To Whom the Play Signal Is Directed: A Study of Headshaking in Black-Handed Spider Monkeys (Ateles geoffroyi)

Spider monkeys shake their heads so as to facilitate amicable social contact. This occurs frequently during vigorous play fighting, and so is common during the juvenile period. Occasionally, juvenile spider monkeys use headshakes during nonsocial locomotor play. In this study, head shaking in early infancy and in adulthood was studied in a captive troop of spider monkeys, with a total of 8 infants studied from shortly after birth to just before weaning. Three hypotheses to account for these nonsocial headshakes were tested. The play as the experience of the unexpected hypothesis was found wanting because nonsocial headshakes were most common in early infancy, before the onset of the juvenile peak in play. The immature misdirection of signals hypothesis was also found wanting because the headshakes were correctly directed at other monkeys, but not at inanimate objects that were grabbed and mouthed. Both also failed to predict the occurrence of the observed nonsocial headshakes in adults. The hypothesis best supported by the data is that, under some situations, headshakes are self-directed to promote action when confronting contexts of uncertainty. © 2011 American Psychological Association.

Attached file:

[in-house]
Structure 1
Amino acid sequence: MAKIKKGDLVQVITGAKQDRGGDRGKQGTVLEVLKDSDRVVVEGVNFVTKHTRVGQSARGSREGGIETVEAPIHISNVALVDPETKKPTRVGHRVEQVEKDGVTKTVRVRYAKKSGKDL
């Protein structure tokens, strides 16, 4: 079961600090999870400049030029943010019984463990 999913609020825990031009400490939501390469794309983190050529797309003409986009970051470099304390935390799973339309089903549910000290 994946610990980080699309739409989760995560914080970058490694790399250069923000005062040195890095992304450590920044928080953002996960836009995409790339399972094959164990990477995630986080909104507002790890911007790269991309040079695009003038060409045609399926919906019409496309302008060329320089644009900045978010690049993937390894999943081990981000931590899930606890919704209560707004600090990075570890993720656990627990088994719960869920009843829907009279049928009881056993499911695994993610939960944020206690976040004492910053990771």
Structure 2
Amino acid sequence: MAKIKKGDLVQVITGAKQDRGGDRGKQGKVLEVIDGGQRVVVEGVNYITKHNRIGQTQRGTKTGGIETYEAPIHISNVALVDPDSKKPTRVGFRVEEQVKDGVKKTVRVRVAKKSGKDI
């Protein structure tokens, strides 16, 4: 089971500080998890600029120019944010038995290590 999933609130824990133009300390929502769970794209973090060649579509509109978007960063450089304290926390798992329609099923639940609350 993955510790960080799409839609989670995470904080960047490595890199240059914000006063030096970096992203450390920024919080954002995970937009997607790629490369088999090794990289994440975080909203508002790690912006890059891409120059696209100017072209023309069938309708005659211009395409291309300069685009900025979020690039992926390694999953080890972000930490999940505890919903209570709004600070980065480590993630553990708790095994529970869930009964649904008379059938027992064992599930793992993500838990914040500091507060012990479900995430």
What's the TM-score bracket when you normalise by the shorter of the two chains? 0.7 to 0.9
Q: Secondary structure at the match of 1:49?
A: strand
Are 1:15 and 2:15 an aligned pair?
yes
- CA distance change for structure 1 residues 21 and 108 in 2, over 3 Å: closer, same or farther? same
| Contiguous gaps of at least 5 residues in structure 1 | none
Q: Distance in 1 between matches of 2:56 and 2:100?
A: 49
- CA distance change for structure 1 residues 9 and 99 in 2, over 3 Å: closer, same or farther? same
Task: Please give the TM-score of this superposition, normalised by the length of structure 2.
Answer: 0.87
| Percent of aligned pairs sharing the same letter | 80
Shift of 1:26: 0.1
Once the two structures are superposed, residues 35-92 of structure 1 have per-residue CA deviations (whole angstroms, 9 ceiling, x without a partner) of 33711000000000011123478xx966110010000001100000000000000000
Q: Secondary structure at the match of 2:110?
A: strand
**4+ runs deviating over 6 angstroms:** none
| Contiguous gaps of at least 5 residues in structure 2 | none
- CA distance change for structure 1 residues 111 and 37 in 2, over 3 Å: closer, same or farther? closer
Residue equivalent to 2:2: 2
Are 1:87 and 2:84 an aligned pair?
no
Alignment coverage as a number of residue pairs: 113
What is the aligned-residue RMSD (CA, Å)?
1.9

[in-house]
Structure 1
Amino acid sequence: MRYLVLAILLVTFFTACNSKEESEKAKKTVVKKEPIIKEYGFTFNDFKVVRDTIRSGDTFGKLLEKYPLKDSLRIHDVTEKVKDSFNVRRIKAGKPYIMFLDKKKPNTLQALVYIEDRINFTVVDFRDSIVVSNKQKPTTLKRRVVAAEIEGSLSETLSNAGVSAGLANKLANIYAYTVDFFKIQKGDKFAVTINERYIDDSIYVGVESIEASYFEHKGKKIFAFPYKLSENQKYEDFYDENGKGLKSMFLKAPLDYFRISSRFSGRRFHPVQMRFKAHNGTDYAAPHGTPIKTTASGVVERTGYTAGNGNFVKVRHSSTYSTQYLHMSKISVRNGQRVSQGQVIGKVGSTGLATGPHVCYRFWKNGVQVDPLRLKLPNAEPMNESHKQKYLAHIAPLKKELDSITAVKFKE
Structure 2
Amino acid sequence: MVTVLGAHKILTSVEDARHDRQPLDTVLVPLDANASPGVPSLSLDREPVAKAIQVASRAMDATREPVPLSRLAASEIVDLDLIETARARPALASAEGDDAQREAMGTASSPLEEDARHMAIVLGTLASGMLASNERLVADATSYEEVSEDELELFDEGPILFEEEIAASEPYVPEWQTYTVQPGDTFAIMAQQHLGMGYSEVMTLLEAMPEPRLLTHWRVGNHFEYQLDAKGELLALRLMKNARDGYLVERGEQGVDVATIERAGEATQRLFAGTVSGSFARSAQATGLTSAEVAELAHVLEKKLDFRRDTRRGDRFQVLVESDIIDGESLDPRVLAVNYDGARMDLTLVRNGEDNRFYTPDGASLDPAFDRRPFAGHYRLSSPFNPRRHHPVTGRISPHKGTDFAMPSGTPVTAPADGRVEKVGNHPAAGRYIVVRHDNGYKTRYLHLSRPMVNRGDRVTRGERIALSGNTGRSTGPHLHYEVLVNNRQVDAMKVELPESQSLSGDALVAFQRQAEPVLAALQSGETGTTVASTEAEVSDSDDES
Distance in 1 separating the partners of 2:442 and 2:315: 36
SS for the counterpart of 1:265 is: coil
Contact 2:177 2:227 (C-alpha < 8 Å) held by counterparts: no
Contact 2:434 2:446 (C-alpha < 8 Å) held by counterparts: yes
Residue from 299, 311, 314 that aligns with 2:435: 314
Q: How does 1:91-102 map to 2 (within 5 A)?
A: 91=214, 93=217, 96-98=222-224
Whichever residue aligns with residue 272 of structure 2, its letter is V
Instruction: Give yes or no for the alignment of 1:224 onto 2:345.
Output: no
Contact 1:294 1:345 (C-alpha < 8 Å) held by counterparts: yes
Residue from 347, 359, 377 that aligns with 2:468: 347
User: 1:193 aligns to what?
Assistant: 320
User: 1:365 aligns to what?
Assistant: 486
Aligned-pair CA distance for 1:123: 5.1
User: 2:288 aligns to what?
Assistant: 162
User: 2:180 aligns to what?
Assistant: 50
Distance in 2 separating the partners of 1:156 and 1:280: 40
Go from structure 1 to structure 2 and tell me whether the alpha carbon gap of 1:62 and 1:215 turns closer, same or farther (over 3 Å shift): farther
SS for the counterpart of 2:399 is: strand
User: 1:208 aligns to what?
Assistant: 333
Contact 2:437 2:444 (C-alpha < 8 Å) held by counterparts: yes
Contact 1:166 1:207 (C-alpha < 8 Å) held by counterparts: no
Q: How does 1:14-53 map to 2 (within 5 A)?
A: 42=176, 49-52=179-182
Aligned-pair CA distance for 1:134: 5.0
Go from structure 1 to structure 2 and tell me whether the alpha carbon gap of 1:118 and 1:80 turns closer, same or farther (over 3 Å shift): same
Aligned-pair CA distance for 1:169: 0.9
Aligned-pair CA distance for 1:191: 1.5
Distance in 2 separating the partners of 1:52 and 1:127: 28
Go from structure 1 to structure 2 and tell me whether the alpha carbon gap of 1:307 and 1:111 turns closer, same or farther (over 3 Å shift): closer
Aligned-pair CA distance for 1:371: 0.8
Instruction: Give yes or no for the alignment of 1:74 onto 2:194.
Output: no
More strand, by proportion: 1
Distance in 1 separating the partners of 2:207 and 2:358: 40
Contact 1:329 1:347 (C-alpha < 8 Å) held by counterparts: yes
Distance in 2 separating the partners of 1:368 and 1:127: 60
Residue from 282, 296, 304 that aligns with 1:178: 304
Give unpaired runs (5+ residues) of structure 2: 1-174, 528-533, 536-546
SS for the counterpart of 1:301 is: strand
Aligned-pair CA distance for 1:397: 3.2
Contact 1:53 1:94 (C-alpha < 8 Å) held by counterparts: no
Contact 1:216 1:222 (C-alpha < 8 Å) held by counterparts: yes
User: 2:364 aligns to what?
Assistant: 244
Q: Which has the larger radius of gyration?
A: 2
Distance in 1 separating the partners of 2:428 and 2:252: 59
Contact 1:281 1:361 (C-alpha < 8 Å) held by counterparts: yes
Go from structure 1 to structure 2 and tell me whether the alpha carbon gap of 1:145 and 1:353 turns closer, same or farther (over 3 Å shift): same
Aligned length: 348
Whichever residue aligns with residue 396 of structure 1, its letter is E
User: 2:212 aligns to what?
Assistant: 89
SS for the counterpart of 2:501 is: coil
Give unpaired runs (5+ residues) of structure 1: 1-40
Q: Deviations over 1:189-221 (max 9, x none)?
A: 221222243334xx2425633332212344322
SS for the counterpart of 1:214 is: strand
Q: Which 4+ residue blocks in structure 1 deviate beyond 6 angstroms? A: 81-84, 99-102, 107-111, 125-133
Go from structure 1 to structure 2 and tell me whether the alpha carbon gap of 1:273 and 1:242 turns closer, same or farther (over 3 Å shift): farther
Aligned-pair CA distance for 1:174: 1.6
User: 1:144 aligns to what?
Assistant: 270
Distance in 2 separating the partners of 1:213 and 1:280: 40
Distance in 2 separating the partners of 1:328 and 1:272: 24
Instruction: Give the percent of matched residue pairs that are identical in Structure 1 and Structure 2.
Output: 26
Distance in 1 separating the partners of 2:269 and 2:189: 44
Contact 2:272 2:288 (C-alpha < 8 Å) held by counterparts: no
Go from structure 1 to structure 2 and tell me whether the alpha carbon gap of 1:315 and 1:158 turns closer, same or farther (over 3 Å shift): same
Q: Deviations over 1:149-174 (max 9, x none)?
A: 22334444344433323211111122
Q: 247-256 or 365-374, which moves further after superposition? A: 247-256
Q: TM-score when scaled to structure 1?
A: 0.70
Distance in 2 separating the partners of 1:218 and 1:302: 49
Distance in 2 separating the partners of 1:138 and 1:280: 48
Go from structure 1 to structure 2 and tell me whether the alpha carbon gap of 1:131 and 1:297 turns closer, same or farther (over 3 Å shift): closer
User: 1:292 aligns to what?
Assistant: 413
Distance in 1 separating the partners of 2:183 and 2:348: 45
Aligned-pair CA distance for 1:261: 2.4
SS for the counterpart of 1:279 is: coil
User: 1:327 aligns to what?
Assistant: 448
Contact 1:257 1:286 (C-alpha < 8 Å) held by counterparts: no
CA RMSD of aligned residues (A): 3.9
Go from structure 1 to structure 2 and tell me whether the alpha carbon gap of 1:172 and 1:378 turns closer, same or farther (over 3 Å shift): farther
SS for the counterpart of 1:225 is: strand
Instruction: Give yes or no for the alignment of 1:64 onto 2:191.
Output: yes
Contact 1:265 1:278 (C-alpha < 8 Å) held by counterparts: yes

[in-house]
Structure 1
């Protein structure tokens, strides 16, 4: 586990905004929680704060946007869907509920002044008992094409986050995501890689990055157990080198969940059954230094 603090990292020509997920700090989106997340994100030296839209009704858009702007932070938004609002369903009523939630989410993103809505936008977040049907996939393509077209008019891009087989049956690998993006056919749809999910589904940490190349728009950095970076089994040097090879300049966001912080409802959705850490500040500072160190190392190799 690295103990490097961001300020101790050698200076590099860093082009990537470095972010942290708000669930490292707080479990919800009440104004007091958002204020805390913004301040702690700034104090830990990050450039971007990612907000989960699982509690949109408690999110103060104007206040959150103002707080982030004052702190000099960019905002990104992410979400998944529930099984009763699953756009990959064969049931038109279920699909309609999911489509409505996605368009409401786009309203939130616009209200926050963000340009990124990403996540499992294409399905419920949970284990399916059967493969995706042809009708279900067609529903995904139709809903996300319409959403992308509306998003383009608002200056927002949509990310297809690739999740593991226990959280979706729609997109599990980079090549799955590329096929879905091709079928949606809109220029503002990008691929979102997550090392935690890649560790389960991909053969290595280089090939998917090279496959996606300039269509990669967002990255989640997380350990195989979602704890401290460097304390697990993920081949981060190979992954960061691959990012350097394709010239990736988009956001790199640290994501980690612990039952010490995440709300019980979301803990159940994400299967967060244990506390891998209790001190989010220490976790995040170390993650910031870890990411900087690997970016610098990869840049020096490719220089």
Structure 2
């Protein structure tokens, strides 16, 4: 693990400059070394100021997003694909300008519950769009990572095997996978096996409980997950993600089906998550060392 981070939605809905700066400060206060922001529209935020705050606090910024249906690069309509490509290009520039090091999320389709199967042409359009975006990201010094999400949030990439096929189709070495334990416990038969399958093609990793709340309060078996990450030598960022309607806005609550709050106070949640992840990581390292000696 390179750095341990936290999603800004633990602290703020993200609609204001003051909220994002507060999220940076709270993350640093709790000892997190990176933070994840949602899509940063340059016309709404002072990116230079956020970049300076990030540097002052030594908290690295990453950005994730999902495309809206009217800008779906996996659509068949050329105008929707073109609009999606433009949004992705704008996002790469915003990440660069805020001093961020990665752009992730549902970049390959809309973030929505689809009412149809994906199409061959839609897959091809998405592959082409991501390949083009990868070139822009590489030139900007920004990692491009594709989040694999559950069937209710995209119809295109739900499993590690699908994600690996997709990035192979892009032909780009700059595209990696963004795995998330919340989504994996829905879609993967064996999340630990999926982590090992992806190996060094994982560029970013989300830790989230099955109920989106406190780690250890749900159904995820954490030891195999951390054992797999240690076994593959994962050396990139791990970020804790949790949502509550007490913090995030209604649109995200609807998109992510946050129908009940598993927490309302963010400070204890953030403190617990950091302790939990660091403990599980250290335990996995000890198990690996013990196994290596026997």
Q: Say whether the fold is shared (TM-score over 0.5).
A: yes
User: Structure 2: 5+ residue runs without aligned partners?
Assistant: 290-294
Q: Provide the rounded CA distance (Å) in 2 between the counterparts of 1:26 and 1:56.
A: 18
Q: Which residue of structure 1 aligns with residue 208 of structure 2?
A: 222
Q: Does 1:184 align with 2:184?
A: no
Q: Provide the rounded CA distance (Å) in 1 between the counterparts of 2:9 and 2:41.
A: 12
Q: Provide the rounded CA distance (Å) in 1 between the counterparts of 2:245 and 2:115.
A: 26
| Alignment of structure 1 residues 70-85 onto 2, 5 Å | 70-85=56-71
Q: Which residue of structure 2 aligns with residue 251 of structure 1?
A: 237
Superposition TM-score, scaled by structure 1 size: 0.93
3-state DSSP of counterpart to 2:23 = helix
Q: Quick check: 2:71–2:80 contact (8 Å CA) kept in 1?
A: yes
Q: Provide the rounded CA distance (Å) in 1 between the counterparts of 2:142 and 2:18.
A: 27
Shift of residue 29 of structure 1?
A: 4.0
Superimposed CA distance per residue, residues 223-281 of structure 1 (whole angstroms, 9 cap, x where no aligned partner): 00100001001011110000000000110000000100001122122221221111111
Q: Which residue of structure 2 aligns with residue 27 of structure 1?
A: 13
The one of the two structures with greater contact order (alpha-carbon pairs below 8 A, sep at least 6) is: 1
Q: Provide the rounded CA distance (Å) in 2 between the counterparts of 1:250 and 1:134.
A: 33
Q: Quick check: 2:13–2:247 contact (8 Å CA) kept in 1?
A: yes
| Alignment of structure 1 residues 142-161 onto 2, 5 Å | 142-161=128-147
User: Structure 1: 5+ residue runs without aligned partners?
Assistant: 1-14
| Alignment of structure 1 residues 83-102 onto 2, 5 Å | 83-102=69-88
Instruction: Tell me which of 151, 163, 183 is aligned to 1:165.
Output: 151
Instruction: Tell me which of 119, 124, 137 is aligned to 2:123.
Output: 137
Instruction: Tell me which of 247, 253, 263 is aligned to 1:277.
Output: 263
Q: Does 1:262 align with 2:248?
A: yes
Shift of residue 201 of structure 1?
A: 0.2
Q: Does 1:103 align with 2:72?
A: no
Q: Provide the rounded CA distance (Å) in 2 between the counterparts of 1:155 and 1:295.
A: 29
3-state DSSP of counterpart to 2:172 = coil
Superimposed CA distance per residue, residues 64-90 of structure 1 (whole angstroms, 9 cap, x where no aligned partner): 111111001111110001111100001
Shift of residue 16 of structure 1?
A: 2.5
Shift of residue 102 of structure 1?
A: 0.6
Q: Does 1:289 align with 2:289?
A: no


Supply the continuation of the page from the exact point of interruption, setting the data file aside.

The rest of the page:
Spider monkeys shake their heads so as to facilitate amicable social contact. This occurs frequently during vigorous play fighting, and so is common during the juvenile period. Occasionally, juvenile spider monkeys use headshakes during nonsocial locomotor play. In this study, head shaking in early infancy and in adulthood was studied in a captive troop of spider monkeys, with a total of 8 infants studied from shortly after birth to just before weaning. Three hypotheses to account for these nonsocial headshakes were tested. The play as the experience of the unexpected hypothesis was found wanting because nonsocial headshakes were most common in early infancy, before the onset of the juvenile peak in play. The immature misdirection of signals hypothesis was also found wanting because the headshakes were correctly directed at other monkeys, but not at inanimate objects that were grabbed and mouthed. Both also failed to predict the occurrence of the observed nonsocial headshakes in adults. The hypothesis best supported by the data is that, under some situations, headshakes are self-directed to promote action when confronting contexts of uncertainty. © 2011 American Psychological Association.

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